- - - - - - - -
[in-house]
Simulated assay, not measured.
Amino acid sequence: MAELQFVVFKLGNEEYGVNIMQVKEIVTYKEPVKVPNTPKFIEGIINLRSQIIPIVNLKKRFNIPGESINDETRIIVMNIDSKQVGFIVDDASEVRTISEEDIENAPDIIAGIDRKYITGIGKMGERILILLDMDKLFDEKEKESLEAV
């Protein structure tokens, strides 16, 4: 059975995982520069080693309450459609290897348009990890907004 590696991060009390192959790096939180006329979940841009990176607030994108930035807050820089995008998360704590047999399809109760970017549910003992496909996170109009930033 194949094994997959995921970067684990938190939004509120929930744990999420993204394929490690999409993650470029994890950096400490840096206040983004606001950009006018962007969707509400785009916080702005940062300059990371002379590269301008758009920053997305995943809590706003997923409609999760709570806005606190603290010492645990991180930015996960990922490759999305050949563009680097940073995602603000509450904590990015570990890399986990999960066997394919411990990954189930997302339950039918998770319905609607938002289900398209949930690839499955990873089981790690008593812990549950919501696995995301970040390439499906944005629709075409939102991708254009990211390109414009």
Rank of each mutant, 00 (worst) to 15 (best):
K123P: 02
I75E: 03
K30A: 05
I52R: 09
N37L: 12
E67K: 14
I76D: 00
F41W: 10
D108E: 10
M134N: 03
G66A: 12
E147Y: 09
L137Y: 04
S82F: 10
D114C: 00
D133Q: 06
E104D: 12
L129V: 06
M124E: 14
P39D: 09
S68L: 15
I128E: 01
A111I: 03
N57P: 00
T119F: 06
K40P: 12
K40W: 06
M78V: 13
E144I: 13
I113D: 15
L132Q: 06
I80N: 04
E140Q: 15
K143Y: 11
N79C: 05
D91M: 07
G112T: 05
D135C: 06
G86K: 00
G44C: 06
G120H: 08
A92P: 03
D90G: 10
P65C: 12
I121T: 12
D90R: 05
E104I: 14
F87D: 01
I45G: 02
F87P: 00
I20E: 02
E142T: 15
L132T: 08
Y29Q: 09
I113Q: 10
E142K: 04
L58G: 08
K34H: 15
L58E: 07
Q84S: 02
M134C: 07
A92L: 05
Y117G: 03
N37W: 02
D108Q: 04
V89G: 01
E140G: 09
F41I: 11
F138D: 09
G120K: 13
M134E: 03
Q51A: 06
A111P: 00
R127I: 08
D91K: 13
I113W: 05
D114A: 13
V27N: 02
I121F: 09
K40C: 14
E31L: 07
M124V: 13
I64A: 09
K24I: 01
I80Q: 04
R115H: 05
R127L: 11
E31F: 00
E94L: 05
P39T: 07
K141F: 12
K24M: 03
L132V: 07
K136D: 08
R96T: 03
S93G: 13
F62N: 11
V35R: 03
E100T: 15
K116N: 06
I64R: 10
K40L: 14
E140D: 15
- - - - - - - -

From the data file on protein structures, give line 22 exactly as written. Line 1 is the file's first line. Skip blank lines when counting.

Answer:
E104D: 12